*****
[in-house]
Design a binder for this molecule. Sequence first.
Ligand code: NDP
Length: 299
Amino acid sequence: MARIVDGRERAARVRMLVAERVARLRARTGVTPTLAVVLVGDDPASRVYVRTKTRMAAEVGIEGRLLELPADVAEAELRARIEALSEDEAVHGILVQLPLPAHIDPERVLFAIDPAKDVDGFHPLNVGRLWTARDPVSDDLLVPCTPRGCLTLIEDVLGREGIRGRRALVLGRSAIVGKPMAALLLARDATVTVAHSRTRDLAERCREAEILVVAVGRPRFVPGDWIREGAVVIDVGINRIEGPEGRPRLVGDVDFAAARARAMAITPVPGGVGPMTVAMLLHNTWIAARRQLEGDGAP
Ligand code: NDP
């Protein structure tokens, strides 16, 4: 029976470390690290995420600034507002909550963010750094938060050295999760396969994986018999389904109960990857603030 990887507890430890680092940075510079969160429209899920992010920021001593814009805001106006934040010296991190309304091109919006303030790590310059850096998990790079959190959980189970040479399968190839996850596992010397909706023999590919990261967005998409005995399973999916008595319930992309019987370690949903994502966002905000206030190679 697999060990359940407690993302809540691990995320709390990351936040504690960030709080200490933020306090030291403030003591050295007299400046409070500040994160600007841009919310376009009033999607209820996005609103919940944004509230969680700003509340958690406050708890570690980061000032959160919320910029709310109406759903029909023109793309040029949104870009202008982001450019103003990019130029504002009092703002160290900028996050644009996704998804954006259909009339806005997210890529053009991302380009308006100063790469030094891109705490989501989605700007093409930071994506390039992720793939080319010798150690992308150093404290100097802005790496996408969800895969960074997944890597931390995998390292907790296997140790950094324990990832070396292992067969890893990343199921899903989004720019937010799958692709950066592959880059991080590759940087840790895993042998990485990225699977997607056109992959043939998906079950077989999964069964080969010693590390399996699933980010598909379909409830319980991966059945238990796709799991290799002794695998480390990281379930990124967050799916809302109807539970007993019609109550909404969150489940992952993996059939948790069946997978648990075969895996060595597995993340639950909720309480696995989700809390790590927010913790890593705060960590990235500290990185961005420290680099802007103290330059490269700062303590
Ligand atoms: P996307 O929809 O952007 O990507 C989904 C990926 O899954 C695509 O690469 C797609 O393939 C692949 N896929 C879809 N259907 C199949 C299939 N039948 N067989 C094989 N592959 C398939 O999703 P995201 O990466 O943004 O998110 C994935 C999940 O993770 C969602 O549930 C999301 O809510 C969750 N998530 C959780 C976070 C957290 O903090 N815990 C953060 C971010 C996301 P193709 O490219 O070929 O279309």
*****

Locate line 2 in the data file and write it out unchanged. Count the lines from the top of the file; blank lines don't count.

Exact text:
Design a binder for this molecule. Sequence first.